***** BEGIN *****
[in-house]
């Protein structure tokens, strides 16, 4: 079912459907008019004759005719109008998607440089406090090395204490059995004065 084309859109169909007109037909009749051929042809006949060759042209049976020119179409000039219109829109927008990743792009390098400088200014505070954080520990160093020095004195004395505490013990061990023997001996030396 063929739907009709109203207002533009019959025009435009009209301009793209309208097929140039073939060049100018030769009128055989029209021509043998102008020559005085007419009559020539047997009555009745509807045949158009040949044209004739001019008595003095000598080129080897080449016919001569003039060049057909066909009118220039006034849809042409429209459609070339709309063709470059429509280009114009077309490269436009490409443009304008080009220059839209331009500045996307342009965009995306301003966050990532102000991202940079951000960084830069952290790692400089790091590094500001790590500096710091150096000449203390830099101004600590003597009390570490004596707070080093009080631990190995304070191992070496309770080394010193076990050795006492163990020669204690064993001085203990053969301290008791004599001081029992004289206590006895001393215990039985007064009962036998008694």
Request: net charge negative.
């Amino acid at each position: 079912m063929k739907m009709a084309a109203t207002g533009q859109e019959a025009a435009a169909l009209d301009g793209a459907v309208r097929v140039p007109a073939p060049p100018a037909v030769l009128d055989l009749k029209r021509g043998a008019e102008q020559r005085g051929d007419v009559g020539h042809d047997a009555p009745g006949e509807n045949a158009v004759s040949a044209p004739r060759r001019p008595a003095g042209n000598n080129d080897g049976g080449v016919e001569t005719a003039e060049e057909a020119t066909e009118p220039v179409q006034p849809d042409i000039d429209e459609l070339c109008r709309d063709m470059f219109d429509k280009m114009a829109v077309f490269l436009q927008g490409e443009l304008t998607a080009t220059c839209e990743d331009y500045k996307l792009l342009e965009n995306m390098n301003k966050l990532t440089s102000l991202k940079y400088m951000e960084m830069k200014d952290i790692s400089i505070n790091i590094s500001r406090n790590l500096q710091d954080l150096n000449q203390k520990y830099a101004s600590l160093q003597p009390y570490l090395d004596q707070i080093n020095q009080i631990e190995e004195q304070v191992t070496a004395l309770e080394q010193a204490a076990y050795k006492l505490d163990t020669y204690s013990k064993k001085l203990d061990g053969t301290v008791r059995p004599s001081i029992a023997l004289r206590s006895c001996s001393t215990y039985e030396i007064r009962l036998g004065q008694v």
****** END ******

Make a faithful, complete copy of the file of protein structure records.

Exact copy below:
[in-house]
């Protein structure tokens, strides 16, 4: 079912459907008019004759005719109008998607440089406090090395204490059995004065 084309859109169909007109037909009749051929042809006949060759042209049976020119179409000039219109829109927008990743792009390098400088200014505070954080520990160093020095004195004395505490013990061990023997001996030396 063929739907009709109203207002533009019959025009435009009209301009793209309208097929140039073939060049100018030769009128055989029209021509043998102008020559005085007419009559020539047997009555009745509807045949158009040949044209004739001019008595003095000598080129080897080449016919001569003039060049057909066909009118220039006034849809042409429209459609070339709309063709470059429509280009114009077309490269436009490409443009304008080009220059839209331009500045996307342009965009995306301003966050990532102000991202940079951000960084830069952290790692400089790091590094500001790590500096710091150096000449203390830099101004600590003597009390570490004596707070080093009080631990190995304070191992070496309770080394010193076990050795006492163990020669204690064993001085203990053969301290008791004599001081029992004289206590006895001393215990039985007064009962036998008694």
Request: net charge negative.
């Amino acid at each position: 079912m063929k739907m009709a084309a109203t207002g533009q859109e019959a025009a435009a169909l009209d301009g793209a459907v309208r097929v140039p007109a073939p060049p100018a037909v030769l009128d055989l009749k029209r021509g043998a008019e102008q020559r005085g051929d007419v009559g020539h042809d047997a009555p009745g006949e509807n045949a158009v004759s040949a044209p004739r060759r001019p008595a003095g042209n000598n080129d080897g049976g080449v016919e001569t005719a003039e060049e057909a020119t066909e009118p220039v179409q006034p849809d042409i000039d429209e459609l070339c109008r709309d063709m470059f219109d429509k280009m114009a829109v077309f490269l436009q927008g490409e443009l304008t998607a080009t220059c839209e990743d331009y500045k996307l792009l342009e965009n995306m390098n301003k966050l990532t440089s102000l991202k940079y400088m951000e960084m830069k200014d952290i790692s400089i505070n790091i590094s500001r406090n790590l500096q710091d954080l150096n000449q203390k520990y830099a101004s600590l160093q003597p009390y570490l090395d004596q707070i080093n020095q009080i631990e190995e004195q304070v191992t070496a004395l309770e080394q010193a204490a076990y050795k006492l505490d163990t020669y204690s013990k064993k001085l203990d061990g053969t301290v008791r059995p004599s001081i029992a023997l004289r206590s006895c001996s001393t215990y039985e030396i007064r009962l036998g004065q008694v």